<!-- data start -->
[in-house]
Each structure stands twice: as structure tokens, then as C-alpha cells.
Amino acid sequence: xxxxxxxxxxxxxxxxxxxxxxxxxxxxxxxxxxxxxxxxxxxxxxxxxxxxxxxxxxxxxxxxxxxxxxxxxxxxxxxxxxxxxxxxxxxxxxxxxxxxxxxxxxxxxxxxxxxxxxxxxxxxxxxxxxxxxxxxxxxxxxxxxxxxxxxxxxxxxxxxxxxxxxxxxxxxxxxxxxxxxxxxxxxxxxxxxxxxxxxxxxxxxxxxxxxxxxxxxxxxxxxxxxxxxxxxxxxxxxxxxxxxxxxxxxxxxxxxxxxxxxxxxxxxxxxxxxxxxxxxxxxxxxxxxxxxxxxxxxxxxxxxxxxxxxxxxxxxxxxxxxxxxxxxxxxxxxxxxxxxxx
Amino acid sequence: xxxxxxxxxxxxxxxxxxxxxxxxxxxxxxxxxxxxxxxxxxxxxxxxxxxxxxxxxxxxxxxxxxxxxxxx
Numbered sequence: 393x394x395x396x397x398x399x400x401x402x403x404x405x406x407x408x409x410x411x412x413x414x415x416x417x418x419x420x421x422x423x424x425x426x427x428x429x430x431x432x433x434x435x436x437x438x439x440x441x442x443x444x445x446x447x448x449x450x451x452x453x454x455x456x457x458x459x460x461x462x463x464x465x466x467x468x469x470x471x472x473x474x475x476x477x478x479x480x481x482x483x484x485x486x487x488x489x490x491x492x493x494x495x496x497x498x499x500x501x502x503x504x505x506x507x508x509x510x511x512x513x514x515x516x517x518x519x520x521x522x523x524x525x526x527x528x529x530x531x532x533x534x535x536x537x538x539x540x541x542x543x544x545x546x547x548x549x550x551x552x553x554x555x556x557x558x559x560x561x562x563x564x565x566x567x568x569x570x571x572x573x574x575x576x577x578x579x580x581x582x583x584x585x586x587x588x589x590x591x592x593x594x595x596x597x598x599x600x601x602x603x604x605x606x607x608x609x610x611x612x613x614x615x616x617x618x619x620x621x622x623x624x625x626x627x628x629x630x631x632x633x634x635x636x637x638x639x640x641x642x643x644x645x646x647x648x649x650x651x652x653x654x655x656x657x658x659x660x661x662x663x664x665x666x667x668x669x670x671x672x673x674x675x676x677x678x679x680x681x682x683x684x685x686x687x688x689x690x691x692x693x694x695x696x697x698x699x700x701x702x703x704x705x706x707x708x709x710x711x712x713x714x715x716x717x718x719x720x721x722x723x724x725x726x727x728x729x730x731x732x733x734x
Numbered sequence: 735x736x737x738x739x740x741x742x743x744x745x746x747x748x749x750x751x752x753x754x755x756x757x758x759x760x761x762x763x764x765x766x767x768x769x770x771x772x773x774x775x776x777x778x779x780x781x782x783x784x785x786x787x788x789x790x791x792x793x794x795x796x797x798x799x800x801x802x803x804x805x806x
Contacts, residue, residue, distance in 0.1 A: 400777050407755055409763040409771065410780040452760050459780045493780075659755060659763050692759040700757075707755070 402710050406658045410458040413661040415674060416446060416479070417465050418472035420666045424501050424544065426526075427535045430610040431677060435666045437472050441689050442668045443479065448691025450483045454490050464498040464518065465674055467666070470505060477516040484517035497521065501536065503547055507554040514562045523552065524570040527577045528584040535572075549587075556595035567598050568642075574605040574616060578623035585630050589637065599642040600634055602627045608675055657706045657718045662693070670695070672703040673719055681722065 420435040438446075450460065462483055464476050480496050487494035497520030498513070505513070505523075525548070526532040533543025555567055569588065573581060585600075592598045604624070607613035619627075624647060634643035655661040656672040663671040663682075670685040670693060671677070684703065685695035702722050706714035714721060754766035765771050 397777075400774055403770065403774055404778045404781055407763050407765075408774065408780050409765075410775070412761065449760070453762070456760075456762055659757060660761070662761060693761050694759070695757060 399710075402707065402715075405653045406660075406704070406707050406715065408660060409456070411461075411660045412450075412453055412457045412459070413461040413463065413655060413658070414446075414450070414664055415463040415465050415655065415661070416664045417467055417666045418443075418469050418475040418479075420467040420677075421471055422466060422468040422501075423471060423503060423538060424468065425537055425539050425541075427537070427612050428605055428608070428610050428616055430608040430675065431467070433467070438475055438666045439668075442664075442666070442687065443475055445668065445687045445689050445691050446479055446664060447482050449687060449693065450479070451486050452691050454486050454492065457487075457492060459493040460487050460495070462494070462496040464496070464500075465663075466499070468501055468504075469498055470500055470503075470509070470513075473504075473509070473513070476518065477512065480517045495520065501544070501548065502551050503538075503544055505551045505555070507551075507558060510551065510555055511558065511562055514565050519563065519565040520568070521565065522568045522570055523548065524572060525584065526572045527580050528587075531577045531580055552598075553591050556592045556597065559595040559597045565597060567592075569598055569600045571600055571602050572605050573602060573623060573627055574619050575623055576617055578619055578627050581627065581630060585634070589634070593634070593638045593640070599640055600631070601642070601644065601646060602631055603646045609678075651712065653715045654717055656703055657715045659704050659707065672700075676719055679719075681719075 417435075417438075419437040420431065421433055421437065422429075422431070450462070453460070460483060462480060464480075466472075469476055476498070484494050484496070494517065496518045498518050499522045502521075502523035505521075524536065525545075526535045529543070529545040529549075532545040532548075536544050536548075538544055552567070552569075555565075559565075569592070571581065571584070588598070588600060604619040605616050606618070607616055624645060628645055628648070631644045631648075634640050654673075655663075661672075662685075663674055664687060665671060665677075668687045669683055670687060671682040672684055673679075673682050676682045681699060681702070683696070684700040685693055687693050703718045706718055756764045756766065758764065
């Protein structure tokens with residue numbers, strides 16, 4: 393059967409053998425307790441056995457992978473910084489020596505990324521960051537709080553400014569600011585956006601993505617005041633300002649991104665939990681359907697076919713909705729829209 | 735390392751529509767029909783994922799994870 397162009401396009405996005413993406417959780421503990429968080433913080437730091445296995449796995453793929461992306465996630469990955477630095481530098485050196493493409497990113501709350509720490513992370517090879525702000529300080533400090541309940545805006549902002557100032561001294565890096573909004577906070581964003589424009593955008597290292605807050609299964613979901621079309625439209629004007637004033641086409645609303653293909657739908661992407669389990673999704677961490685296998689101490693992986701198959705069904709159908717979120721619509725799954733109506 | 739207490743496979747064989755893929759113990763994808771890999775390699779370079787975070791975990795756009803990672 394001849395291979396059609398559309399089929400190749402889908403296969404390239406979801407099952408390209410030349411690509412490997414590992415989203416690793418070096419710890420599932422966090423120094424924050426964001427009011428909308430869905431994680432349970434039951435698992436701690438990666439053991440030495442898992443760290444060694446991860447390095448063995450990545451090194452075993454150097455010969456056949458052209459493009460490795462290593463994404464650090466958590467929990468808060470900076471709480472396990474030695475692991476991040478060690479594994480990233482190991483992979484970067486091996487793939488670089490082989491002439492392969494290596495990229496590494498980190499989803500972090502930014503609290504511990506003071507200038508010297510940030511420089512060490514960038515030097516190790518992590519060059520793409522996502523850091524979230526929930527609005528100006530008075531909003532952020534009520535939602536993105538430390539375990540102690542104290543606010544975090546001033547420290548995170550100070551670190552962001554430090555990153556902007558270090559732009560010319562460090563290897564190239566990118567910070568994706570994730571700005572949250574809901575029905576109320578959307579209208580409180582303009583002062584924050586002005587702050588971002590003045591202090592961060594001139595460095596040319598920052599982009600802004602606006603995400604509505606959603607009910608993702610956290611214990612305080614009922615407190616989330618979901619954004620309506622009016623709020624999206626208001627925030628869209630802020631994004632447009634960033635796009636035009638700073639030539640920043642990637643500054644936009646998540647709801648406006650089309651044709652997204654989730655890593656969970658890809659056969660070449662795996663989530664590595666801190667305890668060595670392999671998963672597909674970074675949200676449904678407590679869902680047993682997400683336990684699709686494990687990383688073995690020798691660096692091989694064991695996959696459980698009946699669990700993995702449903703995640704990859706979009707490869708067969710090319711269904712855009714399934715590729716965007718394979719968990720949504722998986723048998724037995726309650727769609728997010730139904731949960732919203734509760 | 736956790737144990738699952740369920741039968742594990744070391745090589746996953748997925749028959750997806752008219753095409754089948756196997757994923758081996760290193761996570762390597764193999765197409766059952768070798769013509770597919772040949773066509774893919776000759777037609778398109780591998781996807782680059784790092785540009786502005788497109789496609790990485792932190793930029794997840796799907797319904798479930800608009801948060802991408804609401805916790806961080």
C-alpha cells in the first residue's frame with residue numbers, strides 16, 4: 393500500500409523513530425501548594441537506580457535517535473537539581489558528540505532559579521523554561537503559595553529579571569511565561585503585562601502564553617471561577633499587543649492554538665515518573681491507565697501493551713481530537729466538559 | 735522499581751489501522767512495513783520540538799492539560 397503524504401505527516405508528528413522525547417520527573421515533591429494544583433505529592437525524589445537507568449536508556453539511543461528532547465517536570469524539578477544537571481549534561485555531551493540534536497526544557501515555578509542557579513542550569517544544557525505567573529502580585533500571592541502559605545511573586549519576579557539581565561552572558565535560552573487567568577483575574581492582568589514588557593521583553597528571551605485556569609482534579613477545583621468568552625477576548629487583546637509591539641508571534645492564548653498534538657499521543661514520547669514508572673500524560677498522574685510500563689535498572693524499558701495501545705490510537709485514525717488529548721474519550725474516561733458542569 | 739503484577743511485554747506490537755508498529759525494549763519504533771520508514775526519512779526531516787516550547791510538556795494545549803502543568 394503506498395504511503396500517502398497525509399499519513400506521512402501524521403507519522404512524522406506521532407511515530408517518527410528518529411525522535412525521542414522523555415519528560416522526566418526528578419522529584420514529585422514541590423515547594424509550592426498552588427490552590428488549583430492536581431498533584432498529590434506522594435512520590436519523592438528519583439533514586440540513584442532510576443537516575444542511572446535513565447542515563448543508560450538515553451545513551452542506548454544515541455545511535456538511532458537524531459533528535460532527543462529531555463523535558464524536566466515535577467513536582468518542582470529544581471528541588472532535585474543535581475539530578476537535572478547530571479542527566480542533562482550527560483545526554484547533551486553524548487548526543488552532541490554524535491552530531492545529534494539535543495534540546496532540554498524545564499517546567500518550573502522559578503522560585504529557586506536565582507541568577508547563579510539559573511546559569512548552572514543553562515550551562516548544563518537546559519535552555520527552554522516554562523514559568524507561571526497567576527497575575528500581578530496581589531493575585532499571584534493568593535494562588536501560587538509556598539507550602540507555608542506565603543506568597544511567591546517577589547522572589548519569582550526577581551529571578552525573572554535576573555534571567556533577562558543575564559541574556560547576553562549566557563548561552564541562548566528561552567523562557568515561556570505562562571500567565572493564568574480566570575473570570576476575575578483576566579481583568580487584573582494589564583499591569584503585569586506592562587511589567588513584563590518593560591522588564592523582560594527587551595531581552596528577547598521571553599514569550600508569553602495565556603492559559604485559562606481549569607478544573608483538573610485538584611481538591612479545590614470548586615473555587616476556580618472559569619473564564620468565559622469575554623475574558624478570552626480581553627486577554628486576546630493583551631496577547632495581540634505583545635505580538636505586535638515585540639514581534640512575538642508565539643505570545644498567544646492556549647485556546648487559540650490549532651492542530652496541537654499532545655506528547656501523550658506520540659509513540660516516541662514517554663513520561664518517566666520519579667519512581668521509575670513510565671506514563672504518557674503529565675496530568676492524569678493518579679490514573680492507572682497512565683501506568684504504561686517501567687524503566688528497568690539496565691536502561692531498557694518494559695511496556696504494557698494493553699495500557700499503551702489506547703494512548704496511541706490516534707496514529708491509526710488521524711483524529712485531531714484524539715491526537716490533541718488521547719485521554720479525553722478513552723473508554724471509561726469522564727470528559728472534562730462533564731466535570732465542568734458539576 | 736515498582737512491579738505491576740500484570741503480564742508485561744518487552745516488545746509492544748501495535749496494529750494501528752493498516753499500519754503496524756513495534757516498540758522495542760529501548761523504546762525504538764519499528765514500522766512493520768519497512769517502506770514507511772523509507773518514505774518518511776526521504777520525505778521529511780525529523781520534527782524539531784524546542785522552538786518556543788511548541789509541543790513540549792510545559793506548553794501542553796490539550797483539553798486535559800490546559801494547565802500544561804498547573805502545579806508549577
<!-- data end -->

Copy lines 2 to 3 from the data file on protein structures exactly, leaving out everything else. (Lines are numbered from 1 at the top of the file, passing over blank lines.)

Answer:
Each structure stands twice: as structure tokens, then as C-alpha cells.
Amino acid sequence: xxxxxxxxxxxxxxxxxxxxxxxxxxxxxxxxxxxxxxxxxxxxxxxxxxxxxxxxxxxxxxxxxxxxxxxxxxxxxxxxxxxxxxxxxxxxxxxxxxxxxxxxxxxxxxxxxxxxxxxxxxxxxxxxxxxxxxxxxxxxxxxxxxxxxxxxxxxxxxxxxxxxxxxxxxxxxxxxxxxxxxxxxxxxxxxxxxxxxxxxxxxxxxxxxxxxxxxxxxxxxxxxxxxxxxxxxxxxxxxxxxxxxxxxxxxxxxxxxxxxxxxxxxxxxxxxxxxxxxxxxxxxxxxxxxxxxxxxxxxxxxxxxxxxxxxxxxxxxxxxxxxxxxxxxxxxxxxxxxxxxx